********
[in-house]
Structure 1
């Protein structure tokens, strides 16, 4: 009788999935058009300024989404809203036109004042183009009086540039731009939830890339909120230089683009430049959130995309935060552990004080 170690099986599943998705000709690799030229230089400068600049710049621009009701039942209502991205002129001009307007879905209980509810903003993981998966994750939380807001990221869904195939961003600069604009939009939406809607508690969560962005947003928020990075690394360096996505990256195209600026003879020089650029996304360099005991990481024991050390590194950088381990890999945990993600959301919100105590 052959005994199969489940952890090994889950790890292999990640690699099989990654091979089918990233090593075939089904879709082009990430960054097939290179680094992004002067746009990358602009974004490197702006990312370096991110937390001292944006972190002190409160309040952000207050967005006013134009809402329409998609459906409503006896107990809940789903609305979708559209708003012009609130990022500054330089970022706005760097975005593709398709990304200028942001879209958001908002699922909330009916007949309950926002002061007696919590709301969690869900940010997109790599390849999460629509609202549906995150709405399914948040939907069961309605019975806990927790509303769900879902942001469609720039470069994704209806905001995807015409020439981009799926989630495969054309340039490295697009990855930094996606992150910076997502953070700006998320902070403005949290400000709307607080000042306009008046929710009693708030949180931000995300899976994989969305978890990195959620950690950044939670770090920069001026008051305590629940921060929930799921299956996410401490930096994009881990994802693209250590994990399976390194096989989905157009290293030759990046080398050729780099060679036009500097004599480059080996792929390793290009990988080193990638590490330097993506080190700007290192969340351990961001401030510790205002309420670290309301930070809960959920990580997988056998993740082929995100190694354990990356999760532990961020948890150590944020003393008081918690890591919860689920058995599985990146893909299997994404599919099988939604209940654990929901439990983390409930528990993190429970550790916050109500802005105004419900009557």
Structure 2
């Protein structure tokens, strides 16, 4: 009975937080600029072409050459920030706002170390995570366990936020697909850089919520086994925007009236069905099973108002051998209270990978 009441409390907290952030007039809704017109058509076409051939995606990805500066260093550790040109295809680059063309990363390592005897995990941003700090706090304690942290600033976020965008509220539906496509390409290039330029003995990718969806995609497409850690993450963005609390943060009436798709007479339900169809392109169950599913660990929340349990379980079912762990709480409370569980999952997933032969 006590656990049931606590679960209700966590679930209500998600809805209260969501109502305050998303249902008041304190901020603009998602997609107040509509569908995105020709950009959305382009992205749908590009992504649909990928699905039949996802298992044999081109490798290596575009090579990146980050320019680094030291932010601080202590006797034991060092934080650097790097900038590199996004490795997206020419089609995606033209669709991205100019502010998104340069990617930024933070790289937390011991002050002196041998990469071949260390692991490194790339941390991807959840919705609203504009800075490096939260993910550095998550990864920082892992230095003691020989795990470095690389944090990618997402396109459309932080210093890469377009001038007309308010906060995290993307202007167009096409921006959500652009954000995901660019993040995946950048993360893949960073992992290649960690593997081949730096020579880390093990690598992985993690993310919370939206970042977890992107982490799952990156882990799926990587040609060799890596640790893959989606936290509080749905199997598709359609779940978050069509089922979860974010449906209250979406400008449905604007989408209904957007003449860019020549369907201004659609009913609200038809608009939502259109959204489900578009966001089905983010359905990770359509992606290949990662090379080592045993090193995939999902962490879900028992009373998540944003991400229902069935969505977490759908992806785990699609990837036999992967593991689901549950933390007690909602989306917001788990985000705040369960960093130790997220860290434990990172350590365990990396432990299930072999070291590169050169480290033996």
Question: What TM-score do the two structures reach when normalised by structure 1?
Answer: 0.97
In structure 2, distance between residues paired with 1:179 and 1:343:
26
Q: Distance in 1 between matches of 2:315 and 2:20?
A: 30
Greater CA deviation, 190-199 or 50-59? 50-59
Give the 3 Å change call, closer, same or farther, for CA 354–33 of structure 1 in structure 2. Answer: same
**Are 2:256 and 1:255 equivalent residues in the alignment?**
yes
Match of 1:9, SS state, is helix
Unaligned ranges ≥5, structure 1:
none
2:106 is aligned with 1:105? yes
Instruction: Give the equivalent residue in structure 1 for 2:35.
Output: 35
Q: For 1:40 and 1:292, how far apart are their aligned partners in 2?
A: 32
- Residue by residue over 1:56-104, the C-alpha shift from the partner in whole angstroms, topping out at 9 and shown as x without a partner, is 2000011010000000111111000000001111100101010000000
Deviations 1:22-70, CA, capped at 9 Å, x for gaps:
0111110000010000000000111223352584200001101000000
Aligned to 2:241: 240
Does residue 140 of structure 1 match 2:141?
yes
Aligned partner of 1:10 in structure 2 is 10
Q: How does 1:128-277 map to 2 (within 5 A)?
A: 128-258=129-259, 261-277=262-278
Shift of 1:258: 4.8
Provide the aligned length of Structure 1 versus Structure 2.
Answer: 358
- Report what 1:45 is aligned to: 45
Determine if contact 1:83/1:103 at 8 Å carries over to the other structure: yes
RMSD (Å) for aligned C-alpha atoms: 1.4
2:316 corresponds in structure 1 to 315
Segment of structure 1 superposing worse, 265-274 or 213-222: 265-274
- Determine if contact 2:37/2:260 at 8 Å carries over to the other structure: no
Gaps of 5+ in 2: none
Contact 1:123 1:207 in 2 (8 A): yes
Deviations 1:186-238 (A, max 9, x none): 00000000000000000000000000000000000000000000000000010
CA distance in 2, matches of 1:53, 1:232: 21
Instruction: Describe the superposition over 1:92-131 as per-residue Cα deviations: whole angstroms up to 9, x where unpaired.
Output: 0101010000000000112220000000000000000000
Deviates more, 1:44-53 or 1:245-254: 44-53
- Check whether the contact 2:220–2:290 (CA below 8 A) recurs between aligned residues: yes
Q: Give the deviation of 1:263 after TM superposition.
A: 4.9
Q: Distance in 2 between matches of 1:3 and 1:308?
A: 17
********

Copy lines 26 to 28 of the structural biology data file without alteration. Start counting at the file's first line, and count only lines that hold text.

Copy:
0111110000010000000000111223352584200001101000000
Aligned to 2:241: 240
Does residue 140 of structure 1 match 2:141?